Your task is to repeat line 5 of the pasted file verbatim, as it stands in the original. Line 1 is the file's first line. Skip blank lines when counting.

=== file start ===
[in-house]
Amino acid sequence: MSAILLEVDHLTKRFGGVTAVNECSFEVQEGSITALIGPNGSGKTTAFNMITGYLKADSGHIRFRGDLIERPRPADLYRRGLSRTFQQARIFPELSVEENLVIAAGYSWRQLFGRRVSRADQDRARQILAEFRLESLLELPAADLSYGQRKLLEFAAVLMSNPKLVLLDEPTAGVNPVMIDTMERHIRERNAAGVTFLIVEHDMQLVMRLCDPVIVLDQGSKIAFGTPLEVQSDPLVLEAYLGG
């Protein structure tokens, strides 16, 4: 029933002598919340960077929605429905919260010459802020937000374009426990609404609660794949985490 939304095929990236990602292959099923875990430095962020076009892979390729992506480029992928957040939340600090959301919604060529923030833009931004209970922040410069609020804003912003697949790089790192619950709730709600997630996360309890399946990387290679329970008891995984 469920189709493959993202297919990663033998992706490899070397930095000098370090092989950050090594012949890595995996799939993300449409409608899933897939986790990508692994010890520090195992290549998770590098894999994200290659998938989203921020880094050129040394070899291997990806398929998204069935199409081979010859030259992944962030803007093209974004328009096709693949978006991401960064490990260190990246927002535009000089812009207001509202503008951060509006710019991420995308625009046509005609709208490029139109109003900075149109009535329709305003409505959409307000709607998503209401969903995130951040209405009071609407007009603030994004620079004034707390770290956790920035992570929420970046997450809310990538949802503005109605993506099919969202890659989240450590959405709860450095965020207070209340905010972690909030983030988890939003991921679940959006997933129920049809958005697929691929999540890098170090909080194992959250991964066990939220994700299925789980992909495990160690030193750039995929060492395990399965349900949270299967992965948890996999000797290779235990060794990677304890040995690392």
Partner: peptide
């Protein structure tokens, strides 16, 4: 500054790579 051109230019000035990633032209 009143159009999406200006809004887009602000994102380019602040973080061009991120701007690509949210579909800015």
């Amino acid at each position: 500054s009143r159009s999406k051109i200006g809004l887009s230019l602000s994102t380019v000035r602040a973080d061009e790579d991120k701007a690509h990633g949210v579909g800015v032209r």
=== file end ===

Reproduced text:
């Protein structure tokens, strides 16, 4: 500054790579 051109230019000035990633032209 009143159009999406200006809004887009602000994102380019602040973080061009991120701007690509949210579909800015």